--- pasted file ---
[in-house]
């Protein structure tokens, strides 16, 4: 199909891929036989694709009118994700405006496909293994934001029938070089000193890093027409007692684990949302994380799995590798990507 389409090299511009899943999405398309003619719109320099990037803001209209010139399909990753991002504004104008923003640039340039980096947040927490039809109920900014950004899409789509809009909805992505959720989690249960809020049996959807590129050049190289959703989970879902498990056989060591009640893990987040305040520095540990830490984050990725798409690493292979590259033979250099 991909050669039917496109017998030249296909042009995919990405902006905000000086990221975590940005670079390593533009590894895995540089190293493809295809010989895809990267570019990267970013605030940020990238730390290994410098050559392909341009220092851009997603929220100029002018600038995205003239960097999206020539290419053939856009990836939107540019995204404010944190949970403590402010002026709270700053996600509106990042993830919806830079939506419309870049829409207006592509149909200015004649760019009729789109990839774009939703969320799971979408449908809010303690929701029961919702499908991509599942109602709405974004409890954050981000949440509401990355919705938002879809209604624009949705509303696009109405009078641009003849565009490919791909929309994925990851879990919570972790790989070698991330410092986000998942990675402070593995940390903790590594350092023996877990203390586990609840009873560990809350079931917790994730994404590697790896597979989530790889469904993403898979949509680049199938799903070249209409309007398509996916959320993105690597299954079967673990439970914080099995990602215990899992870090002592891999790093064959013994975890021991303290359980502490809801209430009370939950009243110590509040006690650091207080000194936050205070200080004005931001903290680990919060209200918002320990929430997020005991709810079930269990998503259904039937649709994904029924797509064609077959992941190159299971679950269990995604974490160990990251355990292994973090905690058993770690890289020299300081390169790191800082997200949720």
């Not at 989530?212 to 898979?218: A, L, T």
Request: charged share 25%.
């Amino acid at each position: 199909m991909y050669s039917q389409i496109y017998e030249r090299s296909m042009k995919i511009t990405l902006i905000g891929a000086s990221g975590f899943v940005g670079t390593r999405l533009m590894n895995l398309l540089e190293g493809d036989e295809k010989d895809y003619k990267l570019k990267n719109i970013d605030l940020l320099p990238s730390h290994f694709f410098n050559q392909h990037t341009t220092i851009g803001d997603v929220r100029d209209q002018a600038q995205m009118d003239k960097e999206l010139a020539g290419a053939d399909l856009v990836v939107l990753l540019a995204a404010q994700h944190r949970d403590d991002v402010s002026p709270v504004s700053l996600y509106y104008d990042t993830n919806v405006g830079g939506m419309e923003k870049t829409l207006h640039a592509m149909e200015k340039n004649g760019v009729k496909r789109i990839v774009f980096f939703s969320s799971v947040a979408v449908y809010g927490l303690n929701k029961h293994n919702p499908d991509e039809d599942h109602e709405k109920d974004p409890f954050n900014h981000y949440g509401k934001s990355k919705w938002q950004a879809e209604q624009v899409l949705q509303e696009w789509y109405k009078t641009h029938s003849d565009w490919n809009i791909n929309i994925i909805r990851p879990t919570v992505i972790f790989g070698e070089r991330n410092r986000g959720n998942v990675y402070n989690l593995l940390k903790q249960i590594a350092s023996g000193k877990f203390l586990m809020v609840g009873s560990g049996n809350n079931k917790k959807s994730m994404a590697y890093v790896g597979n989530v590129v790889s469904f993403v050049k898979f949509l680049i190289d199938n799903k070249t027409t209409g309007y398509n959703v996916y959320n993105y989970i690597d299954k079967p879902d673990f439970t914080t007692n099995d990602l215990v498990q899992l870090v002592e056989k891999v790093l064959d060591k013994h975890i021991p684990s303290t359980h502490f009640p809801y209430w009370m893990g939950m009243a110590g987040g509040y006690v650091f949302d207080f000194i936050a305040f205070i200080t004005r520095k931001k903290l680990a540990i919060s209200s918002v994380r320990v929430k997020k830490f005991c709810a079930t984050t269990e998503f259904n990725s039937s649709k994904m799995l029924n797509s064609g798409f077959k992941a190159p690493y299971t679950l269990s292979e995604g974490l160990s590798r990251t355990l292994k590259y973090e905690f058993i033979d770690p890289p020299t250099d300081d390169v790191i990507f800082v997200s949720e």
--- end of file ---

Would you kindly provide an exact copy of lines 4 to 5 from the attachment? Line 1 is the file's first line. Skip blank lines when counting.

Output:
Request: charged share 25%.
């Amino acid at each position: 199909m991909y050669s039917q389409i496109y017998e030249r090299s296909m042009k995919i511009t990405l902006i905000g891929a000086s990221g975590f899943v940005g670079t390593r999405l533009m590894n895995l398309l540089e190293g493809d036989e295809k010989d895809y003619k990267l570019k990267n719109i970013d605030l940020l320099p990238s730390h290994f694709f410098n050559q392909h990037t341009t220092i851009g803001d997603v929220r100029d209209q002018a600038q995205m009118d003239k960097e999206l010139a020539g290419a053939d399909l856009v990836v939107l990753l540019a995204a404010q994700h944190r949970d403590d991002v402010s002026p709270v504004s700053l996600y509106y104008d990042t993830n919806v405006g830079g939506m419309e923003k870049t829409l207006h640039a592509m149909e200015k340039n004649g760019v009729k496909r789109i990839v774009f980096f939703s969320s799971v947040a979408v449908y809010g927490l303690n929701k029961h293994n919702p499908d991509e039809d599942h109602e709405k109920d974004p409890f954050n900014h981000y949440g509401k934001s990355k919705w938002q950004a879809e209604q624009v899409l949705q509303e696009w789509y109405k009078t641009h029938s003849d565009w490919n809009i791909n929309i994925i909805r990851p879990t919570v992505i972790f790989g070698e070089r991330n410092r986000g959720n998942v990675y402070n989690l593995l940390k903790q249960i590594a350092s023996g000193k877990f203390l586990m809020v609840g009873s560990g049996n809350n079931k917790k959807s994730m994404a590697y890093v790896g597979n989530v590129v790889s469904f993403v050049k898979f949509l680049i190289d199938n799903k070249t027409t209409g309007y398509n959703v996916y959320n993105y989970i690597d299954k079967p879902d673990f439970t914080t007692n099995d990602l215990v498990q899992l870090v002592e056989k891999v790093l064959d060591k013994h975890i021991p684990s303290t359980h502490f009640p809801y209430w009370m893990g939950m009243a110590g987040g509040y006690v650091f949302d207080f000194i936050a305040f205070i200080t004005r520095k931001k903290l680990a540990i919060s209200s918002v994380r320990v929430k997020k830490f005991c709810a079930t984050t269990e998503f259904n990725s039937s649709k994904m799995l029924n797509s064609g798409f077959k992941a190159p690493y299971t679950l269990s292979e995604g974490l160990s590798r990251t355990l292994k590259y973090e905690f058993i033979d770690p890289p020299t250099d300081d390169v790191i990507f800082v997200s949720e």